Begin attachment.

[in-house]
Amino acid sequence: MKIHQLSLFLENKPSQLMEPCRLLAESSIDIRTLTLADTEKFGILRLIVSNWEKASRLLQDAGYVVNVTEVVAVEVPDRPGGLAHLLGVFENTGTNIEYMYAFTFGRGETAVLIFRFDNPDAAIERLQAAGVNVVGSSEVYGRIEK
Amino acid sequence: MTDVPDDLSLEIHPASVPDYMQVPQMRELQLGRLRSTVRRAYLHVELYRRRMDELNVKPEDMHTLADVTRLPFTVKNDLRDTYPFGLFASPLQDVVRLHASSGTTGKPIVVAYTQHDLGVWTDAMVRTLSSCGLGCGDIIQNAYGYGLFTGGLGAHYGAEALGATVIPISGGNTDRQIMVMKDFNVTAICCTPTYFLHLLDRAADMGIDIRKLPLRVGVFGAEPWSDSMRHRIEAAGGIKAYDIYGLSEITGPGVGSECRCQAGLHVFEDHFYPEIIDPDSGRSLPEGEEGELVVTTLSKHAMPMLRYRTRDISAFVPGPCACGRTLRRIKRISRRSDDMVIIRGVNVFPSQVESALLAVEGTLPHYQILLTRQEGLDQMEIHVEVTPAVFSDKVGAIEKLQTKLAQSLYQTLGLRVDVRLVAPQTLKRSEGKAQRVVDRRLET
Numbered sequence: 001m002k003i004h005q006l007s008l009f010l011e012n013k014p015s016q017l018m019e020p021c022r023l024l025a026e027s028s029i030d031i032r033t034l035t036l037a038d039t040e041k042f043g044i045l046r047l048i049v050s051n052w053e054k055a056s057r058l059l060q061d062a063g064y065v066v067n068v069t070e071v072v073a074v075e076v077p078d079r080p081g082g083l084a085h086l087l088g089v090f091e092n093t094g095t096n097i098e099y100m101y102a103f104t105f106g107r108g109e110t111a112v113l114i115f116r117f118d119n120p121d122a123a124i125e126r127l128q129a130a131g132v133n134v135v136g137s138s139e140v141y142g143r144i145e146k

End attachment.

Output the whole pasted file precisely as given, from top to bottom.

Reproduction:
[in-house]
Amino acid sequence: MKIHQLSLFLENKPSQLMEPCRLLAESSIDIRTLTLADTEKFGILRLIVSNWEKASRLLQDAGYVVNVTEVVAVEVPDRPGGLAHLLGVFENTGTNIEYMYAFTFGRGETAVLIFRFDNPDAAIERLQAAGVNVVGSSEVYGRIEK
Amino acid sequence: MTDVPDDLSLEIHPASVPDYMQVPQMRELQLGRLRSTVRRAYLHVELYRRRMDELNVKPEDMHTLADVTRLPFTVKNDLRDTYPFGLFASPLQDVVRLHASSGTTGKPIVVAYTQHDLGVWTDAMVRTLSSCGLGCGDIIQNAYGYGLFTGGLGAHYGAEALGATVIPISGGNTDRQIMVMKDFNVTAICCTPTYFLHLLDRAADMGIDIRKLPLRVGVFGAEPWSDSMRHRIEAAGGIKAYDIYGLSEITGPGVGSECRCQAGLHVFEDHFYPEIIDPDSGRSLPEGEEGELVVTTLSKHAMPMLRYRTRDISAFVPGPCACGRTLRRIKRISRRSDDMVIIRGVNVFPSQVESALLAVEGTLPHYQILLTRQEGLDQMEIHVEVTPAVFSDKVGAIEKLQTKLAQSLYQTLGLRVDVRLVAPQTLKRSEGKAQRVVDRRLET
Numbered sequence: 001m002k003i004h005q006l007s008l009f010l011e012n013k014p015s016q017l018m019e020p021c022r023l024l025a026e027s028s029i030d031i032r033t034l035t036l037a038d039t040e041k042f043g044i045l046r047l048i049v050s051n052w053e054k055a056s057r058l059l060q061d062a063g064y065v066v067n068v069t070e071v072v073a074v075e076v077p078d079r080p081g082g083l084a085h086l087l088g089v090f091e092n093t094g095t096n097i098e099y100m101y102a103f104t105f106g107r108g109e110t111a112v113l114i115f116r117f118d119n120p121d122a123a124i125e126r127l128q129a130a131g132v133n134v135v136g137s138s139e140v141y142g143r144i145e146k